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Arizona Telecommunications & Information Council (ATIC)
Multitenant Building Telecommunications Access Study
State Precedents and Trends-- Public Utility Commissions (PUCs)

State Regulatory Precedents and Trends

State Legislatures

Principles for Telecommunication Regulation
  1. To the greatest degree possible, the Internet should be kept as free from government regulation as possible.
  2. The state must take an active role in promoting high quality consumer choices, innovation, and broad availability regardless of geographic, socio-economic, or educational status
  3. Degradation of services in non-metropolitan areas of the state must be guarded against.
  4. The desired outcome of any regulation is a safe, fair, and competitive e-marketplace.
  5. Questions of open access are likely to continue for some time and be difficult to resolve. Legal challenges are likely to parallel legislative ones. The state should keep in mind the goal of developing a world-class Internet infrastructure in Arizona and providing justice for those involved. Solutions should balance rights with responsibility.
  6. The state should work to remove barriers that impede telecommunication competition.
 -- Arizona Joint Legislative Internet Study Committee (ISC) Report - 12/01/99

State Legislatures play a significant role in the regulation of intrastate utility services. The U.S. Congress' Communications Act of 1934 established dual state and federal regulation of telecommunications services, while limiting federal authority primarily to interstate and foreign communications, and granting the FCC regulatory authority over common carriers as to their pricing and classifications. In such a complex environment, however, responsibility and authority regarding telecom issues and policies has often proved ambiguous resulting in jurisdictional disagreements and even conflicting actions from different government entities.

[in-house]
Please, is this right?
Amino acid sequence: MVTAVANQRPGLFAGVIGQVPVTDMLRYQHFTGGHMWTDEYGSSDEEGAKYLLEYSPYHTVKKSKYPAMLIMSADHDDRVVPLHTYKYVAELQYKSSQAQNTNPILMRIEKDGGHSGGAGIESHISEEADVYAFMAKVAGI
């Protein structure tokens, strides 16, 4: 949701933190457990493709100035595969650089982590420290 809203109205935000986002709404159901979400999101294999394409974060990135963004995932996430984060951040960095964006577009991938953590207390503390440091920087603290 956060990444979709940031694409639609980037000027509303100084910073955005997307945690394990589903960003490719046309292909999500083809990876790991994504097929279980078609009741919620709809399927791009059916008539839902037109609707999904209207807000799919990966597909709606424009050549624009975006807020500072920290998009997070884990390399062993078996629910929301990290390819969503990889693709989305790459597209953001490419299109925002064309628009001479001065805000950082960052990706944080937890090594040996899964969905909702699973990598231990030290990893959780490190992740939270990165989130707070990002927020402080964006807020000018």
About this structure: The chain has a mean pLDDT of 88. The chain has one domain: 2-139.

While local government primarily regulates, licenses, taxes, and polices the use of the public right-of-way (ROW) and protects community interests, State Legislatures have been actively engaged in passing legislation to remove barriers to competition, insure consumer choice, protect the public interest, advance regional economic development, and enable e-commerce and e-government growth. Meanwhile, the exponential growth of business-to-business (B2B) and business to consumer (B2C) Internet sales is threatening traditional regional sales tax revenues.

Regarding the multitenant building access issue, several states including Connecticut and Texas have instituted statutes requiring landlords to grant fair, reasonable, and nondiscriminatory access to the full range of telecommunications carriers from whom their tenants choose to take service. Other State Legislatures are actively considering similar actions including Arizona with a House bill being considered this session (HB 2634 Sec. F) requiring equal legal and physical access to multitenant properties at the same cost as existing telecom providers. Additionally, states have begun to deal with inside wiring ownership, the Point-of-Demarcation (POD), and contract exclusivity issues. A comprehensive summary of related legislative and regulatory actions can be found later in this section.

Multitenant Building Telecommunications Access Study
State Precedents and Trends-- Public Utility Commissions (PUCs)